“In today’s uncertain and turbulent markets, supply chain vulnerability has become an issue of significance for many companies and researches on the resilient supply chain are yet to be conducted”
(Christopher & Peck, 2004)
What is a Resilient Supply Chain?
A resilient supply chain can handle unforeseen disruptions with its current capabilities.
To put it another way, it is the ability to react and recover from issues causing no disruption to operations or customer timelines.
Natural disasters, incidents, and deliberate delays are all threats to your supply chain. Their probability and effects heightened by long, global supply chains, ever-shrinking product life-cycles, and competitive and unpredictable markets.
These risks including natural disasters, terrorism, cyber-attacks, the credit crunch, and many more could cause a substantial loss in productivity, revenue, competitive advantage, profitability, etc. if not managed properly, and that is why a resilient supply chain is important.
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How to build a resilient supply chain?
Managing risk and increasing supply chain resilience has never been more critical. Businesses need supply chains that can withstand, adjust, and recover from catastrophic disruption, whenever and wherever it occurs in the new global reality. This entails being vigilant about the danger and cultivating a resilient DNA across the board.
Risk-aware and capable of detecting and responding to significant disruptions.
Capable of keeping people and goods healthy and safe.
Visible to customers across all products and channels.
Adaptive and decisive in response to changing supply and demand trends.
Using data science to respond rapidly and confidently to disruption.
Throughout the supply chain network, as cost-effective as possible.
Enhance your supply chain risk management
- Operational risk
Improved real-time visibility and risk identification and mitigation solutions will help you respond to unexpected supply chain changes.
- Tactical risk
As part of sales and operations preparation, adapt to changing supply/demand through scenario planning and modeling, as well as risk/opportunity analysis.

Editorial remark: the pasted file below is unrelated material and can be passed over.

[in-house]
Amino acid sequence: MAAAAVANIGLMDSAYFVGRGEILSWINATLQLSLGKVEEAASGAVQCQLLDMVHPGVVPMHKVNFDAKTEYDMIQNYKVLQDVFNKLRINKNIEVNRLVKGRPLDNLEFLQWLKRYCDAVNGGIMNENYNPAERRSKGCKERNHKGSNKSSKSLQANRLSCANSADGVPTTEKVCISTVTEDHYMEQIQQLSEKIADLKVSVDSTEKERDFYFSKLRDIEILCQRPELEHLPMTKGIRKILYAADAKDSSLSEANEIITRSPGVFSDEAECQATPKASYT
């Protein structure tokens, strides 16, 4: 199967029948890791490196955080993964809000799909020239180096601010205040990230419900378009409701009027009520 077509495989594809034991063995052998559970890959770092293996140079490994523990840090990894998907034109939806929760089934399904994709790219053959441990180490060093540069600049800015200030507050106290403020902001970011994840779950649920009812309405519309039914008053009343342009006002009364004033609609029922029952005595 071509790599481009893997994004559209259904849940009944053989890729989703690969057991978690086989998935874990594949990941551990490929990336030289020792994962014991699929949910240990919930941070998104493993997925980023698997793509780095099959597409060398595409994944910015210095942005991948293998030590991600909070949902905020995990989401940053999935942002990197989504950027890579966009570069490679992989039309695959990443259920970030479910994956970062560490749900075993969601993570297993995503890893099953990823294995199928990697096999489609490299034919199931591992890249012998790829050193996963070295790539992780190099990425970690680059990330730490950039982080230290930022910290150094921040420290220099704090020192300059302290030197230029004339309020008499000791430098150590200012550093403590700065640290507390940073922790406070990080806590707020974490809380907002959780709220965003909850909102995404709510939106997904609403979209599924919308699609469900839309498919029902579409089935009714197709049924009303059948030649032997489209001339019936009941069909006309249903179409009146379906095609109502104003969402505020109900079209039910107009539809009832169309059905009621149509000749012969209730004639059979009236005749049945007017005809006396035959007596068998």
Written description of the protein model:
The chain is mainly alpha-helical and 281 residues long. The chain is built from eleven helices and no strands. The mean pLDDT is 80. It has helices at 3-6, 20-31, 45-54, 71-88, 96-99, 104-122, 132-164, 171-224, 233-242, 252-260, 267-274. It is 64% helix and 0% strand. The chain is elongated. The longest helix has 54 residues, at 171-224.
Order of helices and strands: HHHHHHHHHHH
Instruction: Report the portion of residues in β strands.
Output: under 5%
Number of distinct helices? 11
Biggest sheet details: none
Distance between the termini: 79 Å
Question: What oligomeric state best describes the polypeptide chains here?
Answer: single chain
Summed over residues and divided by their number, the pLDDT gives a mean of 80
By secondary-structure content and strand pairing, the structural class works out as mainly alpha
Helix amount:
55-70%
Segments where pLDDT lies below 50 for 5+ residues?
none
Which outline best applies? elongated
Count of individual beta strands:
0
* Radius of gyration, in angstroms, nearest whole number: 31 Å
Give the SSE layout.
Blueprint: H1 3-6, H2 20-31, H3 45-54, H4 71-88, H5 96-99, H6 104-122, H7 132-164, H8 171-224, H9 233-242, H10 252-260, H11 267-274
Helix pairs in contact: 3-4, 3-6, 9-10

- Strategic risk
Improve versatility and ability by using network modeling and simulation, strategic buffer sizing, and multi-sourcing options to manage uncertainty.
The supply chain resembles a sequence of teetering dominoes. An earthquake, industrial fire, transportation failure, or geopolitical disruption, to name a few possibilities, may topple one domino, causing the others to fall. To put it another way, if one part of the supply chain is at risk, the entire network is at risk. As supply chains become more complicated, the risks of something going wrong and disrupting the whole system are increasing.
Core facilitator for building a resilient supply chain sctrategy
Affected businesses want more resilient supply chains to ensure that they can continue to produce despite any obstacles. People, operation, and technology are the three key enablers of a successful supply chain resilience strategy.
Companies need enough manpower to complete the job, but they often need skilled professionals who can assist their employers in overcoming difficult challenges. Look for experienced engineers, procurement experts, and supply chain administrators to complement current staff and assist the company in navigating a challenging market climate. At the same time, look for industry experts who can help the business stay ahead of the curve. Manufacturing is never going to slow down, so you’ll need the right people to help you keep up.
When employees are motivated by reliable, robust procedures, they produce their best work. Companies must improve their processes to handle product shortages and obsolescence, as well as to increase the elasticity of a supply chain.
Technology can help organizations complete the desired processes more easily and accurately. Real-time analytics and decision support tools, such as enterprise resource planning (ERP) and electronic data exchange systems, can, for example, help provide baseline data that justify investments in spend, supplier, and commodity assessments.
Three core metrics to evaluate supply chain resilience
Time-to-survive refers to the time it takes your company to restore normal supply chain operations following a disruption. Some factories in China, for example, had a “time-to-survive” of around three weeks. It took around that long to secure the required personal protective equipment (PPE), formulate safety regulations, receive government approval, and reopen the factories.
Time-to-recover the time you take to clear your backlog. Although the Chinese factories were up and running in less than a month, they were only operating at a fraction of their usual capacity because of lost time and a labor shortage. As a result, their backlogs took three to four months to clear.
Time-to-thrive is a review of an organization after its recovery from a crisis. It contrasts the company’s pre-and post-crisis states and asks, “Why are we better now? Because of what we learned and how we adapted in response to the disruption?”